We’re a Halloween family. Always have been, always will be. We’re the first through the door on opening day of Spirit Halloween. Our kids plan their costumes months in advance. We own a disturbing amount of animatronics and take pride in being ‘that’ house in the neighborhood. I add canned pumpkin to everything I bake between early September and mid-November. Spooky is just our jam.
That being said, there are three main ways our family is celebrating the Halloween season this year, and NONE of them are anything like they have been before (hi, theme of 2020). Surprisingly though we’ve decided, unanimously at that, that we like these ‘new traditions’ even better than our old ones!
So here I am, to share with you our Halloween 2020 extravaganzas – part one, two and three!
PART ONE: The Ultimate Scary Movie Night
We keep this part family friendly because our team is still only little, but as the kids grow, I’m sure we’ll branch out to a few more spooky ‘classics.’ We’re going with the must see, annual obligation of a movie known as Hocus Pocus this year. Again. Here’s how we’re mixing it up this year though:
What You’ll Need:
$1 candy boxes (pre-packaged really adds to the theater feel). By the way, these and most other items in this post can be picked up en mass from Target drive-up for anyone who is still steering clear of stores!
Popcorn divided into spooky treat bags, ready to ‘grab and go’ style.
Mini soda cans. Don’t judge us; it’s a once in a while treat that the kids flip out for because it’s ‘special’ and THAT’S the theme of this night!
Printable ‘movie’ tickets and ‘movie bucks.’ Make your own design or do a quick Google search — just make sure there’s enough for everyone!
Here’s How It Goes:
Set out each treat in a movie theater style fashion so the kids can ‘shop’ for their snacks before the designated movie start time. I recommend multiples of each candy if you have more than one child so you don’t have a mutiny on your hands. Make sure everyone has a set amount of ‘movie bucks’ (see above); it adds to the pretend play and, frankly, helps with portion control!
Optional: spooky colored lighting, flickering candles, cozy blankets for each seat, flashing lights at the start of the movie to signal it’s time to take your seat, ice cream at intermission, Mom and Dad playing along as ushers and concession stand attendees.
Trust me on this…they’ll talk about this one for weeks!
PART TWO: The Halloween Campfire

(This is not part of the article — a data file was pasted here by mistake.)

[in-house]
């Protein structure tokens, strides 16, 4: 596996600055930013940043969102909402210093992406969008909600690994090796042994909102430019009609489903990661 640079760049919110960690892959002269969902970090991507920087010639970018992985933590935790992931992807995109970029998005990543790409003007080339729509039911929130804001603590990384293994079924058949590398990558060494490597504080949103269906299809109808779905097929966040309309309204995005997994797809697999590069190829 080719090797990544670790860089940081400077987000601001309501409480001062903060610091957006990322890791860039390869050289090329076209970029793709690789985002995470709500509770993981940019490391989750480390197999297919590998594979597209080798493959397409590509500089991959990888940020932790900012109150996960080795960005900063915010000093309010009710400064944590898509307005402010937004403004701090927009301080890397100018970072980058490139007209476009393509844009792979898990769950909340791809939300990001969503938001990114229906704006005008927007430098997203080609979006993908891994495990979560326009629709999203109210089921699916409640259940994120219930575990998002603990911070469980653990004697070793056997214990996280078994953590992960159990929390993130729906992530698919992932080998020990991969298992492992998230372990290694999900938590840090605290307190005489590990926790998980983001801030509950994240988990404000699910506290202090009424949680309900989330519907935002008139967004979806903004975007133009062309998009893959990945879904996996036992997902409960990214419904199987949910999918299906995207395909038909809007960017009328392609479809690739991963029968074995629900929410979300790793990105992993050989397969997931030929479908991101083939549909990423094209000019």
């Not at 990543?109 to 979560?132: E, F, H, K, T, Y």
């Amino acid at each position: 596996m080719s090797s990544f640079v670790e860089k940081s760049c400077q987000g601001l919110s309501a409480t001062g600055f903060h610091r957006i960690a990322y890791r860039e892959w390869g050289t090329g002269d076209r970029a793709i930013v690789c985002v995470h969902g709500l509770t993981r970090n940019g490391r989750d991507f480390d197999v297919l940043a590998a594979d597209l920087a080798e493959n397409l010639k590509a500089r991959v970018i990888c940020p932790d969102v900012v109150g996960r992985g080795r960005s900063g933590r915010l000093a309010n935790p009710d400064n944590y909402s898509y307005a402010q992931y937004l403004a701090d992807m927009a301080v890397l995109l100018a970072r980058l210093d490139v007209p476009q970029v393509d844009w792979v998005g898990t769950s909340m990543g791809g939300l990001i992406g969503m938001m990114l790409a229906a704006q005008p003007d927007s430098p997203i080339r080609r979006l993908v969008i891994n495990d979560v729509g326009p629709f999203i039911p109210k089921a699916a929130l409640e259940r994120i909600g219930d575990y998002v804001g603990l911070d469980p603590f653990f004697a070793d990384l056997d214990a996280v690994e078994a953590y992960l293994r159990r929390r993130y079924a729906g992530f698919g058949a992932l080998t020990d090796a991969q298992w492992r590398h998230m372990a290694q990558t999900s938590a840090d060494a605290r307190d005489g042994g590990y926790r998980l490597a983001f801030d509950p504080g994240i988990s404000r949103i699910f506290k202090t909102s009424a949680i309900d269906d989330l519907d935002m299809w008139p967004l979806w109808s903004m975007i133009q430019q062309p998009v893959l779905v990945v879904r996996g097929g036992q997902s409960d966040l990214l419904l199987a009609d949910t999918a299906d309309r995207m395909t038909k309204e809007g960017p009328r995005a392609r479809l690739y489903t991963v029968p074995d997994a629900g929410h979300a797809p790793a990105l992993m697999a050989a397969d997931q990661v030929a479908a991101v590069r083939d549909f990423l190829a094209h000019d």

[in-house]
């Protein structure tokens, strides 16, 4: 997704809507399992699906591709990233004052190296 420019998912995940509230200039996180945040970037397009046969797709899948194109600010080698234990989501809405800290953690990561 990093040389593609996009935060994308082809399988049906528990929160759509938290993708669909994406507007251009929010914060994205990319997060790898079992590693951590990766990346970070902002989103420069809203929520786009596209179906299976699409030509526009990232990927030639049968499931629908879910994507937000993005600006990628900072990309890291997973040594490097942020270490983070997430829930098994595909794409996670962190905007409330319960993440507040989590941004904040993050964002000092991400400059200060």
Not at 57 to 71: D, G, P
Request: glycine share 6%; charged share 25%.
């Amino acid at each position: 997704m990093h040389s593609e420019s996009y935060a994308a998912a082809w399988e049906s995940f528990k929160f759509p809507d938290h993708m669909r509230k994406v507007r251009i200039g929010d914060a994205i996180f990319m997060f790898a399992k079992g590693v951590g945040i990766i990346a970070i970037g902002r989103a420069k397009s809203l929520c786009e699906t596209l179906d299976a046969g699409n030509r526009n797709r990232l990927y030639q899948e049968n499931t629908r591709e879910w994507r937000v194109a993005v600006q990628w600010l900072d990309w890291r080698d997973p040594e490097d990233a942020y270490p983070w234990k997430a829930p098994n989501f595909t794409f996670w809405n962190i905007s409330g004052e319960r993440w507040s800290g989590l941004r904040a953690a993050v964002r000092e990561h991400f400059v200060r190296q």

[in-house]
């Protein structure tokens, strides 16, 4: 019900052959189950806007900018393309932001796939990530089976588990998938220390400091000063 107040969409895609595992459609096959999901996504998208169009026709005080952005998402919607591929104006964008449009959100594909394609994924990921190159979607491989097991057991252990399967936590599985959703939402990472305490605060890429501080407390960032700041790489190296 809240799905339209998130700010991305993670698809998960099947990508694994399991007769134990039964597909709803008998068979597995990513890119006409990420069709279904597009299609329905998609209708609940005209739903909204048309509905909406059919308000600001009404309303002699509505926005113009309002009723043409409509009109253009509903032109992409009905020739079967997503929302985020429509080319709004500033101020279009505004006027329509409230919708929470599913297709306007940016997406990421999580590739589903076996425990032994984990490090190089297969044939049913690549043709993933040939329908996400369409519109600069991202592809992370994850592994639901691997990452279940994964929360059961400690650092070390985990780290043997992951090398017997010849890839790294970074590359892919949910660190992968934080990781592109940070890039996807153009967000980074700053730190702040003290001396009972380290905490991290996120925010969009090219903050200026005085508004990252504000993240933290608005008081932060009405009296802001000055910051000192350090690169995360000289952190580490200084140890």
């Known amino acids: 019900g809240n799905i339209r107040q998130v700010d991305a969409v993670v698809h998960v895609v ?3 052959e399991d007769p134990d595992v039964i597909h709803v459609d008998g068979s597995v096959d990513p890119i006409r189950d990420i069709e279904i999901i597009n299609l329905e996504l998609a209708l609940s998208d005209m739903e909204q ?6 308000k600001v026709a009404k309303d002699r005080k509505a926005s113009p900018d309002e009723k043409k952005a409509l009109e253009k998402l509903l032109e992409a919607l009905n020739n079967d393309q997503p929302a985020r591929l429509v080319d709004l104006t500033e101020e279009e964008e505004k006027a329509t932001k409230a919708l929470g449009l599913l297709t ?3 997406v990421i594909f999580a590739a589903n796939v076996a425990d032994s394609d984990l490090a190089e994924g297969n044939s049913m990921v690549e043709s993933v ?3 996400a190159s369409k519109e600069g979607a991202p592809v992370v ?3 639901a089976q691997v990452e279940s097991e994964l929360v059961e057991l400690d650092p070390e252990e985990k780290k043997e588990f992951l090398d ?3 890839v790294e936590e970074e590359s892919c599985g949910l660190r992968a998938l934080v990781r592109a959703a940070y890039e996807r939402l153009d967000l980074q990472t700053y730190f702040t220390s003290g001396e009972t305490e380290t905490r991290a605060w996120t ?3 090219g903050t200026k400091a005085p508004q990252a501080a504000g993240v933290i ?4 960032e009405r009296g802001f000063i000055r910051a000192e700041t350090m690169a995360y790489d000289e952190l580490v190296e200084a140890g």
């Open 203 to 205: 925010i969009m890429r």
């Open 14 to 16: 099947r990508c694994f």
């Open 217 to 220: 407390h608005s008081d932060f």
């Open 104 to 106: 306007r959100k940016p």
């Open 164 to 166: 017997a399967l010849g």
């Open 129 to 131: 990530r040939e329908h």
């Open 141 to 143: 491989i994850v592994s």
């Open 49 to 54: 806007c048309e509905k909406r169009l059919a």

This part is my favorite this year because it can involve some extended family members, even those who are still social distancing from one another.
Keep it outside: firepits make a wonderful addition to this gathering, but frankly, a heap of cozy blankets, a spread of fireside inspired grub (think spider dogs *google it*, s’mores, pumpkin baked everything, hot chocolate) and a flashlight under the chin, add more than enough ambiance.
Here’s where the fun really starts: ask each family member (at least those who are old enough) to bring along their favorite spooky story to recite or read…gather round, get warm and cozy (even at 6 feet apart) and make some family memories that will go so much further than the same old trick or treating outing ever did.
PART THREE: Making Magic For Others
Here’s where we get to give back a bit during this rather bizarre excuse of a year. Let’s ask ourselves what WE can do to bring a little magic and memory making to others this Halloween season.
We will be setting out our animatronic and decoration collection for the neighbors to, ahem, enjoy, and will be making little individual treat bags (wearing gloves and masks I’ll have you know) for the neighborhood kids to help themselves to while visiting our yard. We’ll be staying on the porch and encouraging social distancing with a one-way trip around our display, but most of all, we’ll be together as a family, doing what we can to bring a small festive smile to our community.
I’ve also heard of ‘boo-ing’ your neighbors (leaving little unexpected treats on a stranger’s porch to brighten their day), or even ‘pumpkin fairies’ who leave cute jack-o’-lanterns around the community to make others smile throughout the season.
Our kids aren’t too worried about the candy this year (though I doubt they’ll go without *eye roll), but they were worried that we wouldn’t have a special Halloween season in 2020. I daresay they don’t have anything to worry about at all.